Herbicides for Centipede Grass
Centipede grass is commonly grown in the southern United States because of the high acidity found in the soil and the relatively low maintenance for landscapers. It is often attacked by pests and weeds that can drain the resources available in the soil and cause thinning of grass in the lawn. One solution is to apply selective weed killers to the area.
At the end of the 20th century, centipede grass was imported into the U.S. from China. The warm climates of Florida, South Carolina and Texas have proved ideal and it has risen in popularity over the last 50 years. The grass grows well within the sandy soil of the South and provides an alternative to other popular grasses that may dry out during the heat.
Typical weeds that infest centipede grass lawns are broadleaf, such as clover and goose grass. Gardeners use selective herbicides like MCPP or Atrazine in either liquid sprays applied directly on the weeds or pellets mixed into the soil. These broadleaf herbicides can be applied up to twice a year to eliminate weeds and give grass room to thicken.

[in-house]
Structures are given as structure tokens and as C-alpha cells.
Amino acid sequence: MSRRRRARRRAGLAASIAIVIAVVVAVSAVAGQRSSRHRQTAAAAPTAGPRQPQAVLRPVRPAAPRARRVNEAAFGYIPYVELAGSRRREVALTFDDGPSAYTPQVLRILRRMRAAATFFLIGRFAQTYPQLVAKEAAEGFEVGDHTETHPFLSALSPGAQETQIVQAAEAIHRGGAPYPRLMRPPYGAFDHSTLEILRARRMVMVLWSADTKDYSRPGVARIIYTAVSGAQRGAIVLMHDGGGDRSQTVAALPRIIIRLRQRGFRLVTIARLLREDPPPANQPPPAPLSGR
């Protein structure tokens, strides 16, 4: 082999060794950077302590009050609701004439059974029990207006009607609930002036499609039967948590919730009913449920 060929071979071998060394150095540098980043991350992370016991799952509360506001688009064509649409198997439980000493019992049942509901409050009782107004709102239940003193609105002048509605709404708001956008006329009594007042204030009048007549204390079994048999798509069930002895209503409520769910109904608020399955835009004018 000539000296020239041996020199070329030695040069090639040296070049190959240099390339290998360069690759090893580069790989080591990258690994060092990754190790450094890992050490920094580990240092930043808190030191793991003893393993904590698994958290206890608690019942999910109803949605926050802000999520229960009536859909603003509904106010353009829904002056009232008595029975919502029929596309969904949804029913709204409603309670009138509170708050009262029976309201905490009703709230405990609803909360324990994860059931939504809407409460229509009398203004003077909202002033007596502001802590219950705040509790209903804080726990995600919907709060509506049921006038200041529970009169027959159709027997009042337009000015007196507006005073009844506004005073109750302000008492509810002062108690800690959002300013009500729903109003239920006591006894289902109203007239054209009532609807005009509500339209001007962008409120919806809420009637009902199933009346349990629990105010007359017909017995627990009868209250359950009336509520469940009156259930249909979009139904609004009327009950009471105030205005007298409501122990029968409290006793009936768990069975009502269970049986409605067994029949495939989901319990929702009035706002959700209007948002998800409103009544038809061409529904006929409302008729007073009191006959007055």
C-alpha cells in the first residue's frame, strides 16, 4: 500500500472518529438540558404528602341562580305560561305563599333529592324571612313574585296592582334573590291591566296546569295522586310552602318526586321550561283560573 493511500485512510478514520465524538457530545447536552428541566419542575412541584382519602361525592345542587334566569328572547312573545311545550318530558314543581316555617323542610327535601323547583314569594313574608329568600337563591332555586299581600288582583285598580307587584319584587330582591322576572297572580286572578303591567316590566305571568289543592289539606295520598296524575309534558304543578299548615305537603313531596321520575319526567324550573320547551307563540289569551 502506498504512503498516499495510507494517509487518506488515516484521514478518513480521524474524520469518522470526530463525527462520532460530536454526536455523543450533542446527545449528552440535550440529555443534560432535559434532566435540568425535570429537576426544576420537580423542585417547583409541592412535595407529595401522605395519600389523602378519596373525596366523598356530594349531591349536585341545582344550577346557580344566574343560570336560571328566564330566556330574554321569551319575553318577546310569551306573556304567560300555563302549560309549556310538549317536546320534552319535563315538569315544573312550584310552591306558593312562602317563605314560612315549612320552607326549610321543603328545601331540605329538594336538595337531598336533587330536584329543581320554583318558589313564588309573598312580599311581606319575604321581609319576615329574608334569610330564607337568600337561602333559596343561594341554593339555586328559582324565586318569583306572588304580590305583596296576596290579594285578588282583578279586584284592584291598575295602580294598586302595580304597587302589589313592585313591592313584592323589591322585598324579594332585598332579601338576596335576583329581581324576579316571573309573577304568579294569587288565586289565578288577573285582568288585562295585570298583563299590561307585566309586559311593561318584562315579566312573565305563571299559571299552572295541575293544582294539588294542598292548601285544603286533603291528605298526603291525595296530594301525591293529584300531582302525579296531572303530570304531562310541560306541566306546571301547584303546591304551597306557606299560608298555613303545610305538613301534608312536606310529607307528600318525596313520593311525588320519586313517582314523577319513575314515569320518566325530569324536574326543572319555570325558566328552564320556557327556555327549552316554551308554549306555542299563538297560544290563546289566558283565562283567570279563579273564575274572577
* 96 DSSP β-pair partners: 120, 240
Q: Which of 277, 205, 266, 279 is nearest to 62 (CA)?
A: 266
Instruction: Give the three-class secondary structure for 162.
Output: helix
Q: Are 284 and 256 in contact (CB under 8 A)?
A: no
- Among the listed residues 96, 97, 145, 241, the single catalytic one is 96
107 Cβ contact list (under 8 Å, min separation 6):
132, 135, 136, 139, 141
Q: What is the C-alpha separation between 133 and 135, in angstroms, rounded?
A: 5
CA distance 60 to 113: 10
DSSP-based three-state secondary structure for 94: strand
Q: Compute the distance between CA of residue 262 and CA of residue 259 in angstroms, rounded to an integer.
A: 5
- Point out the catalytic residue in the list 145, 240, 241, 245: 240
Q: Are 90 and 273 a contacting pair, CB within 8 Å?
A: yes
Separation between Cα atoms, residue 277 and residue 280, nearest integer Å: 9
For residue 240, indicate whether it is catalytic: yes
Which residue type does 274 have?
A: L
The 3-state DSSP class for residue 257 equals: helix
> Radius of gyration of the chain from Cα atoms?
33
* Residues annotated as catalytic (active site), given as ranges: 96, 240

Another type of weed that can affect centipede grasses are weeds known as crabgrass. Dithiopyr in a sprayable form will help eliminate crabgrass that has already grown. Once the major weed plants are eliminated, pre-emergent pesticides can be applied to stop the germination of seeds that are buried in the soil before they can break the surface.
Pendimethalin and DCPA are common herbicides that are mixed with fertilizer to help stop the growth of weed seeds before they can begin to germinate. These chemicals do not distinguish between broadleaf and crabgrass weeds, but can be applied to lawns without endangering the growth of the grass.
Many controversies have arisen about the dangers of applied weed killing chemicals to the lawn. Some environmental organizations fear that the chemicals may increase the frequency of diseases like cancer within humans and animals. This has caused an increase in popularity with organic weed-control methods, such as using water and vinegar solutions.
- University of Rhode Island: How Herbicides Work
- "The Lawn Bible: How to Keep It Green, Groomed, and Growing Every Season of the Year"; David R. Mellor; 2003
- "The Impatient Gardener's Lawn Book"; Jerry Baker; 1987